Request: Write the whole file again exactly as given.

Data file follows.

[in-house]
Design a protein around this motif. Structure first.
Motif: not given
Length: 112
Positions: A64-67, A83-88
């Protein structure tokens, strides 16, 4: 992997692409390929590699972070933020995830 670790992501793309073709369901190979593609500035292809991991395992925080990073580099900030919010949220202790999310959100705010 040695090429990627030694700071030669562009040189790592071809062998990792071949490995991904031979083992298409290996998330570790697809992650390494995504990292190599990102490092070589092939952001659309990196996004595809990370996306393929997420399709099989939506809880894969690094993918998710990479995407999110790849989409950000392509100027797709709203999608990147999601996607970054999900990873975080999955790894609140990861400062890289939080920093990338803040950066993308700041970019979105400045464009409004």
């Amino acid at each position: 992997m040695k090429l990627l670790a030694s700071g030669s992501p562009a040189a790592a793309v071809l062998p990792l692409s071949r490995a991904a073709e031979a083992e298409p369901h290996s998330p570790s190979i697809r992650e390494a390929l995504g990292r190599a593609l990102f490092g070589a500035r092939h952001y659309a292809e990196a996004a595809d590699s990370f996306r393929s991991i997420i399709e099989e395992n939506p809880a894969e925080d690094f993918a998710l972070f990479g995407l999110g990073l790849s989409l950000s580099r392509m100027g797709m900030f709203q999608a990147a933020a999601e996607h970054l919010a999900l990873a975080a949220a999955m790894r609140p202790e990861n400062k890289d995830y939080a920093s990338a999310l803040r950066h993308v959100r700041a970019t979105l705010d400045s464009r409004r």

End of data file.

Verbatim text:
[in-house]
Design a protein around this motif. Structure first.
Motif: not given
Length: 112
Positions: A64-67, A83-88
């Protein structure tokens, strides 16, 4: 992997692409390929590699972070933020995830 670790992501793309073709369901190979593609500035292809991991395992925080990073580099900030919010949220202790999310959100705010 040695090429990627030694700071030669562009040189790592071809062998990792071949490995991904031979083992298409290996998330570790697809992650390494995504990292190599990102490092070589092939952001659309990196996004595809990370996306393929997420399709099989939506809880894969690094993918998710990479995407999110790849989409950000392509100027797709709203999608990147999601996607970054999900990873975080999955790894609140990861400062890289939080920093990338803040950066993308700041970019979105400045464009409004």
């Amino acid at each position: 992997m040695k090429l990627l670790a030694s700071g030669s992501p562009a040189a790592a793309v071809l062998p990792l692409s071949r490995a991904a073709e031979a083992e298409p369901h290996s998330p570790s190979i697809r992650e390494a390929l995504g990292r190599a593609l990102f490092g070589a500035r092939h952001y659309a292809e990196a996004a595809d590699s990370f996306r393929s991991i997420i399709e099989e395992n939506p809880a894969e925080d690094f993918a998710l972070f990479g995407l999110g990073l790849s989409l950000s580099r392509m100027g797709m900030f709203q999608a990147a933020a999601e996607h970054l919010a999900l990873a975080a949220a999955m790894r609140p202790e990861n400062k890289d995830y939080a920093s990338a999310l803040r950066h993308v959100r700041a970019t979105l705010d400045s464009r409004r």